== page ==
Black, Gold and Silver
By Kimberly Parody
The sparkles of stars twinkle in the sky, silhouettes glide by in synchronous rhythm creating shadows in the dim light. Gentlemen in tuxedoes whisk the ladies off their feet. Umbrellas cover the tables that surround the square for the dancers to rest.
The setting is ideal for a romantic evening, not outside in the moonlight, but at the “Black, Gold and Silver Event” at the Promenade. The semiformal dance is an annual event at the Promenade DanceSport Facility, where guests dress to impress and enjoy friends, food and fun.
Cindy Sumida is the owner of the Promenade and coordinator of the event that took place on March 11. She put a lot of hard work and effort into transforming her ballroom into a black, gold and silver delight.
“I think because I have been doing it for five years now, it gets a little easier every year,” said Sumida. “I know what to do, what to buy, and I'm not quite as nervous.”
Preparation for the event began the day before. Setting tables and putting up decorations were the first things on the list.
“I break it down into two sections, decorating today and food tomorrow,” said Sumida, who knows the strategy of planning such events. She says holding an event like this on a Friday allows time to decorate on Thursday, as opposed to a Saturday evening, where she would interfere with Friday night dances.
Sumida also feels that it is easier not being rushed because she does not need to ask for as many volunteers. Her husband is always involved in the events, and one volunteer, Jane Stime, came out the night before.
“This is the first time I have volunteered,” said Stime, who is a regular at the Promenade. “I call myself a dance addict.”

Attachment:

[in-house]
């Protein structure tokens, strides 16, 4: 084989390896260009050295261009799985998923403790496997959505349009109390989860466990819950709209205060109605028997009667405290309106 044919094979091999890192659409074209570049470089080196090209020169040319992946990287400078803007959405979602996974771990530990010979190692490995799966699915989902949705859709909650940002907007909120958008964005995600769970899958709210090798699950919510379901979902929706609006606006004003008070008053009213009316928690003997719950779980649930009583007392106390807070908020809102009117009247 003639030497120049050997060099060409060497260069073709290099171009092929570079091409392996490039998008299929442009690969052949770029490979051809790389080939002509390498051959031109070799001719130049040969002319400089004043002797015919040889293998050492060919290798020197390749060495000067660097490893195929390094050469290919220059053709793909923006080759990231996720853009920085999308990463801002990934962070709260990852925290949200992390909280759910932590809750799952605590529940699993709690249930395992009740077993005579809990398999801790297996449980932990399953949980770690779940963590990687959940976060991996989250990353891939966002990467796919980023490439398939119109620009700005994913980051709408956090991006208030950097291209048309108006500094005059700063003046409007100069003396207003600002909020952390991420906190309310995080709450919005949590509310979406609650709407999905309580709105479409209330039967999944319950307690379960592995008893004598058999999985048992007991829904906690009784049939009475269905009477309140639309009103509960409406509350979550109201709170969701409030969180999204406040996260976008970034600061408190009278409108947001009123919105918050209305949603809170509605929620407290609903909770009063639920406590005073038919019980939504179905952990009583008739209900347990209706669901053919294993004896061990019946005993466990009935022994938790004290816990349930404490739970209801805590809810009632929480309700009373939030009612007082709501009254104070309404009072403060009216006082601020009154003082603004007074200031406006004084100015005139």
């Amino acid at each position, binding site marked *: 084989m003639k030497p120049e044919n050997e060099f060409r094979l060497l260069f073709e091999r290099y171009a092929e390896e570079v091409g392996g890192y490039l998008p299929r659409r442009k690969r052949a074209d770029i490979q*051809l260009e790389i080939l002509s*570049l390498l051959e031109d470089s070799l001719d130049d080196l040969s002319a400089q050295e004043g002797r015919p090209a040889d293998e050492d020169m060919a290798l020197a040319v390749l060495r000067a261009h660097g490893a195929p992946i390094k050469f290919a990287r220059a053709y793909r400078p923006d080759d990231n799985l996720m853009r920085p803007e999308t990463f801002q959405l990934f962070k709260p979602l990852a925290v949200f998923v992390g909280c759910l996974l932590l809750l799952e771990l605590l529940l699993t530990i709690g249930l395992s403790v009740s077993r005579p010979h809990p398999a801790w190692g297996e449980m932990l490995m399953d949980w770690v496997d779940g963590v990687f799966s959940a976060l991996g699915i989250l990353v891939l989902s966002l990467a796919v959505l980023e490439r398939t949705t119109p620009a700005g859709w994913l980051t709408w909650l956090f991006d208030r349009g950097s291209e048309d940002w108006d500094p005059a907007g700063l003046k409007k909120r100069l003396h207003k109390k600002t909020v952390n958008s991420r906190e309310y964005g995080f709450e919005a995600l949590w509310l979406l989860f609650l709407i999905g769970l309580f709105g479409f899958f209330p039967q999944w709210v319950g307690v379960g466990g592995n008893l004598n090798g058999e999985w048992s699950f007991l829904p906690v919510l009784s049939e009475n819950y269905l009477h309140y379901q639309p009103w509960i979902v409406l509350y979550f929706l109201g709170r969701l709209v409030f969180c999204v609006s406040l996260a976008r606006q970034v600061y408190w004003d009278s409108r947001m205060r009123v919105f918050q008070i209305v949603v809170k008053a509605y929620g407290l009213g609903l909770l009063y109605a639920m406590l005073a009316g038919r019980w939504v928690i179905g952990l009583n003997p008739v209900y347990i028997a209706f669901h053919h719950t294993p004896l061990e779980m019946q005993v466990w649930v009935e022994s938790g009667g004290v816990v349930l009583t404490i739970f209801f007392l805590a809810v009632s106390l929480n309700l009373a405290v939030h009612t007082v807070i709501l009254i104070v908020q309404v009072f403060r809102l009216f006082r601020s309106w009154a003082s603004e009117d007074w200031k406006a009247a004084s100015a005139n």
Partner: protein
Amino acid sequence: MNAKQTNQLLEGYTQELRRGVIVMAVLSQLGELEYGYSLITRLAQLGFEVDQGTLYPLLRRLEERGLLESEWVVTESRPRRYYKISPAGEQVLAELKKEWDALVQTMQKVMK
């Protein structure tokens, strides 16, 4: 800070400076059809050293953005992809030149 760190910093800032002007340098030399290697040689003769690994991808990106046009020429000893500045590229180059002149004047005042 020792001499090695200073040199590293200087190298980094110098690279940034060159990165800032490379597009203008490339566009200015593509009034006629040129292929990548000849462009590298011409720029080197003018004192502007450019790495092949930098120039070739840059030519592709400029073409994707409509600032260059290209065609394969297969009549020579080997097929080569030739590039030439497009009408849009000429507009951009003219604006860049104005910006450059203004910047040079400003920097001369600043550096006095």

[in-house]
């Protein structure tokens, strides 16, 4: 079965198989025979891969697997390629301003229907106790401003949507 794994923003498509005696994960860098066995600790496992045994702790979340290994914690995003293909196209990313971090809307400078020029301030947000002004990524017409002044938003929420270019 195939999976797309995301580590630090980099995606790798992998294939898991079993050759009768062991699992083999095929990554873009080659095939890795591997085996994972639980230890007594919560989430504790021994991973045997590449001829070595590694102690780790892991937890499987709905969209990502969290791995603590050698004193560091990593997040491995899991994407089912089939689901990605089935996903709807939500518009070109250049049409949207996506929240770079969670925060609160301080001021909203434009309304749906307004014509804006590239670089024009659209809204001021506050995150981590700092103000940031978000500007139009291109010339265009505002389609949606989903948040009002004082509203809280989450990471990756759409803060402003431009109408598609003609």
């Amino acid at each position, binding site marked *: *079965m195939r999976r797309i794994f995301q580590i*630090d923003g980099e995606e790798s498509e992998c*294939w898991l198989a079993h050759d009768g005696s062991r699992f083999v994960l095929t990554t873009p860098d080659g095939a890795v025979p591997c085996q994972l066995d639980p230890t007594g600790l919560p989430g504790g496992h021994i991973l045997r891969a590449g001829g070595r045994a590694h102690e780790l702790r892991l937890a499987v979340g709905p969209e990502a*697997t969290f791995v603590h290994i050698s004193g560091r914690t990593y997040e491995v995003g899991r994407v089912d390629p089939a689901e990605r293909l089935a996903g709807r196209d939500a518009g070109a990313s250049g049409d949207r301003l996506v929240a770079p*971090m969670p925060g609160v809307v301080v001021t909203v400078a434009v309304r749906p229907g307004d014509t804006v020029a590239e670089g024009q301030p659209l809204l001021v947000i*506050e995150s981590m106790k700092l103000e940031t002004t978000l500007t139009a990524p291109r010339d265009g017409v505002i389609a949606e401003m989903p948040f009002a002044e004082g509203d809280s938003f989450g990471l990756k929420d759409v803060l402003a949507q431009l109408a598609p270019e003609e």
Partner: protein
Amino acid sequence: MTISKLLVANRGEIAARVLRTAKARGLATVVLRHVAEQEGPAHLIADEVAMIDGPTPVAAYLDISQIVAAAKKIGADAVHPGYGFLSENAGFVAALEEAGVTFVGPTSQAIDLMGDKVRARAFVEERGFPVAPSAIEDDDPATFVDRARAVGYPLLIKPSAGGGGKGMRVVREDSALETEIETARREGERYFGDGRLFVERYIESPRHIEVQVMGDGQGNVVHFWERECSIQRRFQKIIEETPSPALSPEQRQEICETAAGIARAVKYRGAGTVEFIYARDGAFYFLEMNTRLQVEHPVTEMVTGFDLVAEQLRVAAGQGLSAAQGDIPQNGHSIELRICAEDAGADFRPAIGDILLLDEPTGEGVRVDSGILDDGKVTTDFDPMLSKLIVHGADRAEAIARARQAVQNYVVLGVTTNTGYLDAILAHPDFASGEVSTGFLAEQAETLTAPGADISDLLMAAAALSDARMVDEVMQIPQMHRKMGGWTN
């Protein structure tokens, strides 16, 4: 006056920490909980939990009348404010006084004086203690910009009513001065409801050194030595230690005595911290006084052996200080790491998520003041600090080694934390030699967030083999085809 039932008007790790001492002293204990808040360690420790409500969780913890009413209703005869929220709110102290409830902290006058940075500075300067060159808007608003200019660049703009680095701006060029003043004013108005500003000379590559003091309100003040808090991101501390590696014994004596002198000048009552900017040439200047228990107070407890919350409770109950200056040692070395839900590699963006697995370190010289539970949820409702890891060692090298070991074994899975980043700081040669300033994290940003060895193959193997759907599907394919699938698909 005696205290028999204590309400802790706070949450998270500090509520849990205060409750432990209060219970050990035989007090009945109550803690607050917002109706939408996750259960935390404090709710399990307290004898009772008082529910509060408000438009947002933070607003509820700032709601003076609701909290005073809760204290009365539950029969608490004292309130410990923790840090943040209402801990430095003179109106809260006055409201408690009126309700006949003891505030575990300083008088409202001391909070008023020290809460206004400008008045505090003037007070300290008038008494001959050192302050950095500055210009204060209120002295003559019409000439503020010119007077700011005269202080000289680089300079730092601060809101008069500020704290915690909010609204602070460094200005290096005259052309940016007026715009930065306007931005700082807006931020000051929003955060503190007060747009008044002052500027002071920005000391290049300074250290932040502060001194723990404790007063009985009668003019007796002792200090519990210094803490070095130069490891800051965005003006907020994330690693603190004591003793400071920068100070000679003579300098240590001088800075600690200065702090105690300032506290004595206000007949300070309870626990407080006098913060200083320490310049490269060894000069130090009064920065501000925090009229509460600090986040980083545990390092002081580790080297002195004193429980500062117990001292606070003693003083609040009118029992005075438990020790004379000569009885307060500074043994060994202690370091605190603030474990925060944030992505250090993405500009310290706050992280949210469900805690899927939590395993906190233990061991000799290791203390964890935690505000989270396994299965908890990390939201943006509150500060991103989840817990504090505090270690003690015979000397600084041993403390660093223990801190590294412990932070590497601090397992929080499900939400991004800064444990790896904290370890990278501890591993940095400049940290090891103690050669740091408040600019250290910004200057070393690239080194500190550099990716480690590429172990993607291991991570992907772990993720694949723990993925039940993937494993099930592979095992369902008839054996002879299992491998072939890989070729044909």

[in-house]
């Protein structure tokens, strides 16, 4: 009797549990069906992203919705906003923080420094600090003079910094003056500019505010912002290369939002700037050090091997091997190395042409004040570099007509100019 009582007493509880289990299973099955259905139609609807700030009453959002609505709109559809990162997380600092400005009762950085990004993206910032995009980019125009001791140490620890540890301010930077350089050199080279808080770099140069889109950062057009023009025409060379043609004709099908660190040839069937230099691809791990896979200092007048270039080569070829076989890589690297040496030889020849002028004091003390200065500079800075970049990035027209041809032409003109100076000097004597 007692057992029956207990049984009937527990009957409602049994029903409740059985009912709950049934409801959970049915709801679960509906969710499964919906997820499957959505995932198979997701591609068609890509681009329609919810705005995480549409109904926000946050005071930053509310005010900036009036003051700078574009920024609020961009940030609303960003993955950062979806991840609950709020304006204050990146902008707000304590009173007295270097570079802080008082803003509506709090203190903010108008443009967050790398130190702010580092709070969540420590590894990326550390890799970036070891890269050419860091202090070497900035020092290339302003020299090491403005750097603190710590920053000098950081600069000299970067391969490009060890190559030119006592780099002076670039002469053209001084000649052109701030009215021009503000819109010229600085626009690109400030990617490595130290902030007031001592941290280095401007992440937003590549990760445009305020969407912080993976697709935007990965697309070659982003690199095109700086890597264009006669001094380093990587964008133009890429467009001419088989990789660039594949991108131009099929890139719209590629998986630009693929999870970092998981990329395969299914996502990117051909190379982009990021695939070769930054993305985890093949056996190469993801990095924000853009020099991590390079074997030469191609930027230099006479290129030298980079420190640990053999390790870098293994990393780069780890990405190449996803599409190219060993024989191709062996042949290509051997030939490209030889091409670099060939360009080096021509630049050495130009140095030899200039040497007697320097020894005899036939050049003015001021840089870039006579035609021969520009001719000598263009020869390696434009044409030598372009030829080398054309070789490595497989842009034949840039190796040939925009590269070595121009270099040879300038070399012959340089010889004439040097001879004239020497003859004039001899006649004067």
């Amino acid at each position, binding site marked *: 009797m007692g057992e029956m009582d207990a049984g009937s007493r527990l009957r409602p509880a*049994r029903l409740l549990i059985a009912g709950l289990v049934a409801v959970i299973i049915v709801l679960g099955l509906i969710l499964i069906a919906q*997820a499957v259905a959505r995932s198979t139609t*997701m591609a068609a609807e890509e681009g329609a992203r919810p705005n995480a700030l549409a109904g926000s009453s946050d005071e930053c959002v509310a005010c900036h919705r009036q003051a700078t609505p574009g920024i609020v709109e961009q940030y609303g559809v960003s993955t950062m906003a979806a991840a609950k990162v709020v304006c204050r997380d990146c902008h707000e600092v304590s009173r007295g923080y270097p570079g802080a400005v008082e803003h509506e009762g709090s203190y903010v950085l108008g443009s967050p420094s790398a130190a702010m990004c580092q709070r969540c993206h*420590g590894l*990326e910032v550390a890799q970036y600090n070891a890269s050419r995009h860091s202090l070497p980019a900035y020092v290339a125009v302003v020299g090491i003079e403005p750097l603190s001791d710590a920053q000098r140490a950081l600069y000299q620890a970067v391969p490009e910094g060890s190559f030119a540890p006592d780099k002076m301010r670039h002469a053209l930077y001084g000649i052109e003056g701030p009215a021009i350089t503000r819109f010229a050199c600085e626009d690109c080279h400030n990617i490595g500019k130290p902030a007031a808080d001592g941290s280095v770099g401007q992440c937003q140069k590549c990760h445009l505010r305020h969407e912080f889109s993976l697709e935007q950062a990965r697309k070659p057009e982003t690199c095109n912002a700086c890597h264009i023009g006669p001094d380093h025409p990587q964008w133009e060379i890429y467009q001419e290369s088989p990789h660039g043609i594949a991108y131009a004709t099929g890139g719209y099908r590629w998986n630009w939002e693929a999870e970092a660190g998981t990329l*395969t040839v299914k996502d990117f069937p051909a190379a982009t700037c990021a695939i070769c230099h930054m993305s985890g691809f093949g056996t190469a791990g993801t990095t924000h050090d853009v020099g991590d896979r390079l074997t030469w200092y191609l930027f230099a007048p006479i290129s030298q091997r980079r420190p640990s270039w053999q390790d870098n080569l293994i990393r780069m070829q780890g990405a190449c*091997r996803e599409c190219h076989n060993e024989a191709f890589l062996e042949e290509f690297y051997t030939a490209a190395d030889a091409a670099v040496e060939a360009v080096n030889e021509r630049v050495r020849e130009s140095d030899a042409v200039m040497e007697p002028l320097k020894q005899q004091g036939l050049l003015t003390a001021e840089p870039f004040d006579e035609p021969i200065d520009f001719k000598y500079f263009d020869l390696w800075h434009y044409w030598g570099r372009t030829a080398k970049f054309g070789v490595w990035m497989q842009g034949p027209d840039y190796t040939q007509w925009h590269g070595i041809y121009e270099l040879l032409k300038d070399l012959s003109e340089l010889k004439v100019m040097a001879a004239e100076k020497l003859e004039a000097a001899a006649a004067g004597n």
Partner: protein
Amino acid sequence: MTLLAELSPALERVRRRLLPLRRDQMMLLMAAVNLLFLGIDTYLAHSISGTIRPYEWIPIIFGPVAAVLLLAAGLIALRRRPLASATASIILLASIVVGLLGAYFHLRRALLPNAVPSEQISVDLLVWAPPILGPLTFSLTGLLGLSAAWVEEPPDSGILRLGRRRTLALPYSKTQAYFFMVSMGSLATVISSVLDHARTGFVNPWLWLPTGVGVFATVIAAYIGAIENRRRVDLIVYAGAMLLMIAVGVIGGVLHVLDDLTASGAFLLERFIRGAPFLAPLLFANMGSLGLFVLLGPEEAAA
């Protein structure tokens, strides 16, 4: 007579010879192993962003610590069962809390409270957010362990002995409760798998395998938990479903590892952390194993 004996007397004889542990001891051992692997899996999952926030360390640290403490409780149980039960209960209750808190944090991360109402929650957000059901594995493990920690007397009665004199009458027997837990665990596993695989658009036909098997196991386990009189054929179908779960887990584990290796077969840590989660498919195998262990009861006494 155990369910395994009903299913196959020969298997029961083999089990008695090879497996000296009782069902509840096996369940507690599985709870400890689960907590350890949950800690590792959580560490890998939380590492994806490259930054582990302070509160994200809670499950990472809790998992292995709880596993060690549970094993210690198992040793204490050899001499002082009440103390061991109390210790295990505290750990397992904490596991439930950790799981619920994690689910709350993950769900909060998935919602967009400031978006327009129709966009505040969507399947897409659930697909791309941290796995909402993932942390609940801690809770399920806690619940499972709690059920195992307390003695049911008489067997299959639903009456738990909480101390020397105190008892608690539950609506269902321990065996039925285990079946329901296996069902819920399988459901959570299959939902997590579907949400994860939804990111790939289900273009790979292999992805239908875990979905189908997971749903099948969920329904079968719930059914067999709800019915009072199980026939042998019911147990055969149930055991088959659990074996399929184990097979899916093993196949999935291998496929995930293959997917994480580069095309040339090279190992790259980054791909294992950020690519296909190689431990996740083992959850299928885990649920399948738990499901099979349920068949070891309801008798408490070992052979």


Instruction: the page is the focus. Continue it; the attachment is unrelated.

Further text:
Stime lent a hand by pulling decorations out of storage bins and displaying them around the perimeter of the ballroom. Some of the décor included shiny bags, gold and silver glittery hats, fancy harps and horns, and numerous other items.
Sumida's husband, Ed Timmerman, says all the decorations have accumulated over the years. “We have boxes of this stuff from Christmas, New Year's and Halloween,” said Timmerman.
Once the decorations were complete, the task of making food was ahead. According to Sumida, about $600 worth of food is needed for the dance. She expected approximately 150 guests to attend the dance, who all need to eat, so Friday was busy.
Chicken marsala, shrimp scampi, cheese and crackers, cookies and cake were all on the menu. Stime also made gold soup, which she says is pumpkin soup.
“It's not hot,” said Stime. “I made the soup this morning off the stove and I thought it would be hot, but it's not.”
The night included a foxtrot lesson, dancing, live music from “The Headliners,” food, champagne punch and dessert. Guests were requested to wear black, gold or silver, and the men must wear a dark jacket and tie.
“I love being dressed up, but I do not want to be confined,” participant Carolyn Walter said jokingly. “I have a beautiful blue dress.”
The festive atmosphere and live music attract many people. Elsa Interior is training to be a competitive dancer and feels that the night is special because of “the decorations and the band.” Interior says the live band does not play a strict tempo, making the music favorable for social dancing.
According to Sumida, the “Black, Gold and Silver Event” is the only dance of the year at the Promenade that has a live band.
“One thing about this band that most other bands can't do, is play very good Latin music,” said Sumida about why she chose this group for the night.
Along with the “Black, Gold and Silver Event,” the Promenade holds many dances throughout the year, which Sumida prepares for. “The Nutcracker Ball” is a Christmas celebration with 300 nutcrackers decorating the ballroom. According to Sumida, the last New Year's Party brought 297 people out to the Promenade.
Sumida opened the Promenade in the beginning of 2000. She and Timmerman were married in the ballroom, while it was under construction. Sumida wanted a nice ballroom in the Baltimore area for people to enjoy. She says that “dancers want everyone to dance.”
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